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Bickering neighbors

Malaysia and Indonesia squabble over domestic workers, textile patterns, and disputed waters. The health minister blames Australians for bringing swine flu to Bali. Indonesia's airline can fly to Europe once again. Domestic consumption fuels growth despite a steep drop in foreign investment. The president claims he's a victim of black magic. And Jakarta's traffic could come to a standstill in 10 years.


Top News: Indonesians are expected to re-elect the reform-minded incumbent Susilo Bambang Yudhoyno during presidential elections Wednesday. The Indonesian election commission called an end to official campaigning last week to allow for a “cooling off” period before the polls are held. The campaign, however, was never particularly heated.


Yudhoyono’s challengers, Megawati Sukarnoputri, whom he defeated in 2004, and Yusuf Kalla, his current vice president, made a last ditch effort to delay the vote because of irregularities in voter lists, among other things. Their claims, which were unsurprising since they lagged far behind in various surveys, haven’t received much traction. The country looks poised to hold a peaceful election — another notch in its spectacular transformation from authoritarian-rule just 10 years ago to one of the world’s largest democracies.


Malaysia is blaming the Indonesian election for stoking tensions between the two countries, which continue to squabble over everything from land to batik textiles. In the latest flare up of the rivalry, the Indonesian government stopped sending domestic workers to Malaysia because of abuse allegations. More than 300,000 maids work in Malaysia but recent reports of physical and sexual abuse at the hands of Malaysia employers has angered Indonesians. Desperate for domestic help from Indonesia, Malaysia promised to improve oversight and regulation of the industry.


It was the most recent in a long list of spats that culminated June 29 when the Malaysian minister of defense publically promised, somewhat outrageously, that the two countries would not go to war. In recent months, Indonesia and its neighbor have bickered over ownership of the batik cultural tradition, ownership of disputed waters known as Ambalat and the escape and susbsequential charges of abuse by an Indonesian starlet against her Malaysian husband, a prince.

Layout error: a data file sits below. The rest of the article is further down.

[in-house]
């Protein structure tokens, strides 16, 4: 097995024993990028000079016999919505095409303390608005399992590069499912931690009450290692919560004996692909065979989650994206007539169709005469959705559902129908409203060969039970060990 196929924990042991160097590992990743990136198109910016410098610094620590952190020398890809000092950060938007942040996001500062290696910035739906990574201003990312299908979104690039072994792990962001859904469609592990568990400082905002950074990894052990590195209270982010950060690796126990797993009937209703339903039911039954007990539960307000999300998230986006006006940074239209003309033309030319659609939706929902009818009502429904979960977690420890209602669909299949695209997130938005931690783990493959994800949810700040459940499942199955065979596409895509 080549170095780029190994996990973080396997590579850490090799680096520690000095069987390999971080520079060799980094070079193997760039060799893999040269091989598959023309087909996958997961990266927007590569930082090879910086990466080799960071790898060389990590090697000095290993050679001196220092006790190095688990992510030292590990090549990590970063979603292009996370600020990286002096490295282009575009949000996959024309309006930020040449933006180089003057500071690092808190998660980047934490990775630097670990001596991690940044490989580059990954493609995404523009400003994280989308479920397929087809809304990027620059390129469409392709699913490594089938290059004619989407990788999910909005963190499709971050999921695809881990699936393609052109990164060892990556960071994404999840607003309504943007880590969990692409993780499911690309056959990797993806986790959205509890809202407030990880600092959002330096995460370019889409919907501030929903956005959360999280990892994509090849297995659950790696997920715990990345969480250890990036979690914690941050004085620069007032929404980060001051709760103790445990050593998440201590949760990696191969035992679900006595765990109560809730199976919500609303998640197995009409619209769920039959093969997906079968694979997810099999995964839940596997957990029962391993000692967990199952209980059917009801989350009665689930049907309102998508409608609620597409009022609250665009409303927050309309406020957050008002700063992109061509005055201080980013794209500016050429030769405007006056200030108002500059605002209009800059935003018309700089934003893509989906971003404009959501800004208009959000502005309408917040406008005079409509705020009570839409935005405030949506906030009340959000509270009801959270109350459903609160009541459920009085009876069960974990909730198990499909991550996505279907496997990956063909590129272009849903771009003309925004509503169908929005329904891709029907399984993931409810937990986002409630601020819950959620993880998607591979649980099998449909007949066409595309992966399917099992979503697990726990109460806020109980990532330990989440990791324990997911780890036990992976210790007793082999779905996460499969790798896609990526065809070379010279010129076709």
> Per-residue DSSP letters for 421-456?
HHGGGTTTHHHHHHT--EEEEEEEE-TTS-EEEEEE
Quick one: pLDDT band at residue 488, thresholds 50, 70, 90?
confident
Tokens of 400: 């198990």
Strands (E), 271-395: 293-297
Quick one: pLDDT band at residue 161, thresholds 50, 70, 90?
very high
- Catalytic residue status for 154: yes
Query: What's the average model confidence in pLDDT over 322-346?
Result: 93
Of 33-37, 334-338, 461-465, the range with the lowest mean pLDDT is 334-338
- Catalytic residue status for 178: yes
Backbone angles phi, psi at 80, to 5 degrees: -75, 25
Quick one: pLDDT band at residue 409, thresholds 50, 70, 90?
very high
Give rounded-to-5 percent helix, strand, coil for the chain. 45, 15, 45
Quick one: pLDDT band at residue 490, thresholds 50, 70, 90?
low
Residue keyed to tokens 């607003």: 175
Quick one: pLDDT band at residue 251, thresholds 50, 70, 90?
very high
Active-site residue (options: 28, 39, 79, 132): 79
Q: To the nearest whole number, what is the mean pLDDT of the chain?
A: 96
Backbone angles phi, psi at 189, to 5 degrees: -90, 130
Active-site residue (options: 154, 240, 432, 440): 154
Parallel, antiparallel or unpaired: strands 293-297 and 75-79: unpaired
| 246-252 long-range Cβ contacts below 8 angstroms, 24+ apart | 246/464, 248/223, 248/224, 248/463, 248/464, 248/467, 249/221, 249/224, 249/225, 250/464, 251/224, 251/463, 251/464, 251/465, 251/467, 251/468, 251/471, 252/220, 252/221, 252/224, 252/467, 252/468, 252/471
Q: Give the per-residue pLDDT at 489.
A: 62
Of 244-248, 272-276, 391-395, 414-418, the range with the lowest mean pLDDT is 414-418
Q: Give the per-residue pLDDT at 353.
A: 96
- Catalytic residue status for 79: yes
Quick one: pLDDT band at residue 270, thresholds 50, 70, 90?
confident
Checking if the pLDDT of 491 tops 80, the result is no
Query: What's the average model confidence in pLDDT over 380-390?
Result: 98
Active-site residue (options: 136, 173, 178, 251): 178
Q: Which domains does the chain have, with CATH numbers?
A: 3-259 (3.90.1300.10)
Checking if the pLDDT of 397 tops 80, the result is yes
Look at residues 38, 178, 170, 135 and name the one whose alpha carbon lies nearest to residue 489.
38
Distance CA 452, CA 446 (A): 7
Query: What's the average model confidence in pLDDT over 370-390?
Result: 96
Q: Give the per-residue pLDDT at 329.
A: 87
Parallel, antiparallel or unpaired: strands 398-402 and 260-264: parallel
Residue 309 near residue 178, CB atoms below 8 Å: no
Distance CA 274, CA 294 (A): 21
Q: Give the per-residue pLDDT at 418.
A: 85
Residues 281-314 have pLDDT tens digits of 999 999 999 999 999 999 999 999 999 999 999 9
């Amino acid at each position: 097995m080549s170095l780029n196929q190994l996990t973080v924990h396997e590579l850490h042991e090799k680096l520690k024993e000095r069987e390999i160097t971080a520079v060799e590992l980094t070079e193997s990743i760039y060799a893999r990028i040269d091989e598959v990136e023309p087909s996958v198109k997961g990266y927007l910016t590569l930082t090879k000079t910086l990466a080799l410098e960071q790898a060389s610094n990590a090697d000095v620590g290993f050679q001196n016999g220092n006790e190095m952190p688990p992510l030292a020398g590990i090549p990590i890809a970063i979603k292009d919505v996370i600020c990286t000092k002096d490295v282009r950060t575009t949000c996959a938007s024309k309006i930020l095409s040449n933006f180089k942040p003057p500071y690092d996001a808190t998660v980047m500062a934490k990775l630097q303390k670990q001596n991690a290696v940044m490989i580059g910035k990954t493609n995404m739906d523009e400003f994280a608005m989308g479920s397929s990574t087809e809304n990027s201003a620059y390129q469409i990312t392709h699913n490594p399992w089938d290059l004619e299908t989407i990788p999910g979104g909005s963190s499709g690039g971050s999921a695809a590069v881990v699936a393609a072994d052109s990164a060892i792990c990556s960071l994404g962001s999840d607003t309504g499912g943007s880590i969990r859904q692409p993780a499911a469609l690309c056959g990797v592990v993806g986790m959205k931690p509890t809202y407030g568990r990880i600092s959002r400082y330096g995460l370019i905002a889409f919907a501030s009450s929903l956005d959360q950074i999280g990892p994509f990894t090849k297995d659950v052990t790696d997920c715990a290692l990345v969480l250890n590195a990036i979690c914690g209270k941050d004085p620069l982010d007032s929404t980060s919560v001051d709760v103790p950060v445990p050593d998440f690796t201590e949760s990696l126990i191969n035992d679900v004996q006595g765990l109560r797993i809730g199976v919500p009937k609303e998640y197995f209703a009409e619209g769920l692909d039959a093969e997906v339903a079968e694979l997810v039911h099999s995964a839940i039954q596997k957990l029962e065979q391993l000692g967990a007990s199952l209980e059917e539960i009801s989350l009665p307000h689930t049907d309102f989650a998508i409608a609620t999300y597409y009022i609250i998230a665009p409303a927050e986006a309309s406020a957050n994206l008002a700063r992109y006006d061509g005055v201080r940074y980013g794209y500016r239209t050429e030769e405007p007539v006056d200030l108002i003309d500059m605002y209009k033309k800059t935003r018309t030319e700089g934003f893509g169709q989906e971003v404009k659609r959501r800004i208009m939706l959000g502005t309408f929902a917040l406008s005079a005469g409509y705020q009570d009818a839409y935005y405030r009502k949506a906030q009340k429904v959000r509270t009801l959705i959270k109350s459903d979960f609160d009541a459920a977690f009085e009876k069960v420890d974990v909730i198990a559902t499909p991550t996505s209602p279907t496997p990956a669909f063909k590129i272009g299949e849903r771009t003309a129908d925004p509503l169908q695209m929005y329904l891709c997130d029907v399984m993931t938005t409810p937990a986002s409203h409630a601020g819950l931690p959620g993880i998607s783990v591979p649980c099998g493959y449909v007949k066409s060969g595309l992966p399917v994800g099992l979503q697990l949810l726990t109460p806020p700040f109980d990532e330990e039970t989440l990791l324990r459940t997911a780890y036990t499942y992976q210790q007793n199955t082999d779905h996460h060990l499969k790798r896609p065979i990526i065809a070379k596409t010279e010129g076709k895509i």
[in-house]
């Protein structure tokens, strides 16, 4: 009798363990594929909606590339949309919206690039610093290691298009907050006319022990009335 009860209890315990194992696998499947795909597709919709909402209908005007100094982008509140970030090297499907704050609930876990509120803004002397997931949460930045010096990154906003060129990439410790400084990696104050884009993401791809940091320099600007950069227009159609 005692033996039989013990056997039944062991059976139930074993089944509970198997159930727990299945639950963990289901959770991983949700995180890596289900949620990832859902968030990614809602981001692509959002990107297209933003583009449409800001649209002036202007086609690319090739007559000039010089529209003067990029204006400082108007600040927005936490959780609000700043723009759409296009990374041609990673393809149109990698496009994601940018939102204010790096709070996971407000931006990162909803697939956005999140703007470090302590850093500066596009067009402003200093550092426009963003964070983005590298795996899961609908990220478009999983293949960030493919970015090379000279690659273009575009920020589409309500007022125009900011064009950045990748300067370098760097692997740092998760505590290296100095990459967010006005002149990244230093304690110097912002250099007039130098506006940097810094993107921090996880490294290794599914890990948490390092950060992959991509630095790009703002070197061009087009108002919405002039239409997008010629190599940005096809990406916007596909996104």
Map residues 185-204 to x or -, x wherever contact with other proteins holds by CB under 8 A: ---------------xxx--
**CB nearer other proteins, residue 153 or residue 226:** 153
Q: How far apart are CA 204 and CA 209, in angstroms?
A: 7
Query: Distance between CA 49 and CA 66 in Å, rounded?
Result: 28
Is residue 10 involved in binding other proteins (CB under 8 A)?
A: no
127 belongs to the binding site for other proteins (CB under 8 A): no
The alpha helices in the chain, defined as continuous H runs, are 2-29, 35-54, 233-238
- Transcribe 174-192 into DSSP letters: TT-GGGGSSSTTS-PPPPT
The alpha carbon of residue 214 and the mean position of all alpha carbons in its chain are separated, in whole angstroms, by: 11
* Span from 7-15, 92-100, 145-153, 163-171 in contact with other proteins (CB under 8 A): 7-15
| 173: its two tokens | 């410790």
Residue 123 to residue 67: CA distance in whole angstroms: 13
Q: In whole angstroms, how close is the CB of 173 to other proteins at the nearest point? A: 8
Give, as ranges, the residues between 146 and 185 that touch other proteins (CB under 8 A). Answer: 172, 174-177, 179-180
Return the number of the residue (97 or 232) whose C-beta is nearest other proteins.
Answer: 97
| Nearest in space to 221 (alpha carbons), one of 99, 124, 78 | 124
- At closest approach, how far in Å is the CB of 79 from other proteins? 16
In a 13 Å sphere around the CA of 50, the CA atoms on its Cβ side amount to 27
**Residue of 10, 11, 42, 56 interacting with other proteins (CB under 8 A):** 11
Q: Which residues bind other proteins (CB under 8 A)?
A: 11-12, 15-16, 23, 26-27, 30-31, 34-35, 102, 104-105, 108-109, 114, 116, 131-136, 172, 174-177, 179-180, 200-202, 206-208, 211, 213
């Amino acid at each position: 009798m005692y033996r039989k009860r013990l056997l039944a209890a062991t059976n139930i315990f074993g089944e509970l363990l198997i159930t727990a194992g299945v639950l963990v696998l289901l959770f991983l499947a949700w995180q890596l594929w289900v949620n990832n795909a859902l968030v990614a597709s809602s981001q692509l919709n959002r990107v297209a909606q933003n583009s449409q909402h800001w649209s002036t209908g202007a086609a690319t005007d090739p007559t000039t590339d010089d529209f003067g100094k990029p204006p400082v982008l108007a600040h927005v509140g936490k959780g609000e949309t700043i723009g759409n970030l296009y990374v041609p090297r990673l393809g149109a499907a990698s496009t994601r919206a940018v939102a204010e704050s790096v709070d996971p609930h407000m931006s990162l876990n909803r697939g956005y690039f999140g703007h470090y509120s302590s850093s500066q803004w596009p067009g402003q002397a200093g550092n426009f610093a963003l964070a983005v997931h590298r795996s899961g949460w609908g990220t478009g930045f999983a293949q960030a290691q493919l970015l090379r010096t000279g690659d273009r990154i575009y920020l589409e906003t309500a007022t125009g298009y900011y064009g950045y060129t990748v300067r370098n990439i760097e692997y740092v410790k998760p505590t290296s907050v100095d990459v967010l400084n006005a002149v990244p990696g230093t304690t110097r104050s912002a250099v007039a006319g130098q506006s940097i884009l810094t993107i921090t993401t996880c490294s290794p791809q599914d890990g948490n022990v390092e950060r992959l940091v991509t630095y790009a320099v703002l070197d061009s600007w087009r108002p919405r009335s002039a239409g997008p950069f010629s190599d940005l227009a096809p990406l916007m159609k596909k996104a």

Swine flu has finally reached Indonesia, with at least 20 more cases discovered this week, mostly on the resort island of Bali. Indonesia’s health minister, Siti Fadillah Supari, has blamed visiting Australians for bringing the pandemic to Indonesia and has demanded that all foreigners wear masks. Indonesia has long battled bird flu and is thought to be well-prepared to contain this latest outbreak.


Money: The European Union looks set to lift its two-year old ban on Garuda Airlines, Indonesia’s state carrier, this month. The EU banned all 50 Indonesian airlines from its airspace following a string of deadly crashes in 2006. Officials said that all but three of more than 120 violations found by a team of EU investigators had been resolved.


The lifting of the ban gives Garuda the green light to start planned flights to Amsterdam, Germany and several other European cities after a vast overhaul of the company in the last two years. Despite the ban, Garuda has remained profitable (a rarity in the airline world) because of strong domestic demand.


Indonesia continues to see its foreign direct investment decline because of the global economic crisis. Finance minister Sri Mulyani said overseas investment would likely drop almost 60 percent in the second half of 2009. She asserted that while the world's economies have stabilized, they have yet to actually recover, stifling investment in Indonesia.


Fortunately, domestic consumption has protected the country from the decline in foreign investment, which accounts for only about 25 percent of the country’s GDP. Indonesia’s economy continues to grow at between 4.5 percent and 5 percent.


Other than being the region’s best performing economy, Indonesia’s Rupiah has led a resurgence among Asian currencies as the global crisis eases. The Rupiah is headed for its biggest quarterly gain since 2004, riding a wave of optimism that began in April 2008 after Yudhoyono’s Democratic party trounced the polls. Yudhoyono is considered market friendly and is preferred by most foreign investors.


Elsewhere: Black magic and other mystical traditions have long played a role in Indonesian politics and this year’s elections are no different. Incumbent Yudhoyono’s birthday is thought to be the cause of the numerous natural disasters that have beset Indonesia during his first term. And now Yudhoyono himself has accused his opponents of using black magic against him during the campaign, adding that he is forced to pray for protection.


Magic seems like the only possible way Jakarta can pull off its ambitious attempt to rework the city’s master plan, which emphasizes more efficient transportation and reduced flooding. Transportation experts have said that Jakarta traffic could come to a total standstill in less than a decade unless a solution to the problem is found soon.